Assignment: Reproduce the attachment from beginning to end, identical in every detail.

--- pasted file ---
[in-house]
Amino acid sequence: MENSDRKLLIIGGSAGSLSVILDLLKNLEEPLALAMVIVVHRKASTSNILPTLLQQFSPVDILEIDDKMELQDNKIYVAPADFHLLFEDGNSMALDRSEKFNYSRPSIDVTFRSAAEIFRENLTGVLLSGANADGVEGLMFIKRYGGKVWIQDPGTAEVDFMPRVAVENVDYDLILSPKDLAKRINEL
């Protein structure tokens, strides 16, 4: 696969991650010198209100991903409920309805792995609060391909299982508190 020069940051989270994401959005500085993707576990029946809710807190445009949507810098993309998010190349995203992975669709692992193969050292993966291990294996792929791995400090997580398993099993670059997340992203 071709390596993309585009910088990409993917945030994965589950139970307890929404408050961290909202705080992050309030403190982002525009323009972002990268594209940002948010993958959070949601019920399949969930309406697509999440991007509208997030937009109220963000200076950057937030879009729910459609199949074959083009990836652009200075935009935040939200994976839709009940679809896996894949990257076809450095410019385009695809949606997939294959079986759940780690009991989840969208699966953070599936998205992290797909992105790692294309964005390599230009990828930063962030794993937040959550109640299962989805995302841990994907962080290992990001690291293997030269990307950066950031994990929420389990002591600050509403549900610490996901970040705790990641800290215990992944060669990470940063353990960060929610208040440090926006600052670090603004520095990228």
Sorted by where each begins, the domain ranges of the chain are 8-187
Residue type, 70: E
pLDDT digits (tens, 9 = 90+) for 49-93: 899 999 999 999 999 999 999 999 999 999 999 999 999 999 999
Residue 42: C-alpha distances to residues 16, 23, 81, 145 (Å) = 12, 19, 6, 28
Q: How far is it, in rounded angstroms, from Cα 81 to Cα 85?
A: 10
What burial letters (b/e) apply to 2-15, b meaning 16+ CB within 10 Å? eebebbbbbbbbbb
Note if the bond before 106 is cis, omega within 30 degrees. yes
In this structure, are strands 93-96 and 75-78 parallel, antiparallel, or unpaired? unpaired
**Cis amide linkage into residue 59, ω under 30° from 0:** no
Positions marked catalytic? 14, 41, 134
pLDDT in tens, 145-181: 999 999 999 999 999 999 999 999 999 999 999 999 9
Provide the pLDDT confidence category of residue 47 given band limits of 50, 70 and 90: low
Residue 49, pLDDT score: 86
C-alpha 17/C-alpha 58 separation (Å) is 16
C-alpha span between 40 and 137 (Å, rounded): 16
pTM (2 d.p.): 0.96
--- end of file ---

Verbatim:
[in-house]
Amino acid sequence: MENSDRKLLIIGGSAGSLSVILDLLKNLEEPLALAMVIVVHRKASTSNILPTLLQQFSPVDILEIDDKMELQDNKIYVAPADFHLLFEDGNSMALDRSEKFNYSRPSIDVTFRSAAEIFRENLTGVLLSGANADGVEGLMFIKRYGGKVWIQDPGTAEVDFMPRVAVENVDYDLILSPKDLAKRINEL
């Protein structure tokens, strides 16, 4: 696969991650010198209100991903409920309805792995609060391909299982508190 020069940051989270994401959005500085993707576990029946809710807190445009949507810098993309998010190349995203992975669709692992193969050292993966291990294996792929791995400090997580398993099993670059997340992203 071709390596993309585009910088990409993917945030994965589950139970307890929404408050961290909202705080992050309030403190982002525009323009972002990268594209940002948010993958959070949601019920399949969930309406697509999440991007509208997030937009109220963000200076950057937030879009729910459609199949074959083009990836652009200075935009935040939200994976839709009940679809896996894949990257076809450095410019385009695809949606997939294959079986759940780690009991989840969208699966953070599936998205992290797909992105790692294309964005390599230009990828930063962030794993937040959550109640299962989805995302841990994907962080290992990001690291293997030269990307950066950031994990929420389990002591600050509403549900610490996901970040705790990641800290215990992944060669990470940063353990960060929610208040440090926006600052670090603004520095990228």
Sorted by where each begins, the domain ranges of the chain are 8-187
Residue type, 70: E
pLDDT digits (tens, 9 = 90+) for 49-93: 899 999 999 999 999 999 999 999 999 999 999 999 999 999 999
Residue 42: C-alpha distances to residues 16, 23, 81, 145 (Å) = 12, 19, 6, 28
Q: How far is it, in rounded angstroms, from Cα 81 to Cα 85?
A: 10
What burial letters (b/e) apply to 2-15, b meaning 16+ CB within 10 Å? eebebbbbbbbbbb
Note if the bond before 106 is cis, omega within 30 degrees. yes
In this structure, are strands 93-96 and 75-78 parallel, antiparallel, or unpaired? unpaired
**Cis amide linkage into residue 59, ω under 30° from 0:** no
Positions marked catalytic? 14, 41, 134
pLDDT in tens, 145-181: 999 999 999 999 999 999 999 999 999 999 999 999 9
Provide the pLDDT confidence category of residue 47 given band limits of 50, 70 and 90: low
Residue 49, pLDDT score: 86
C-alpha 17/C-alpha 58 separation (Å) is 16
C-alpha span between 40 and 137 (Å, rounded): 16
pTM (2 d.p.): 0.96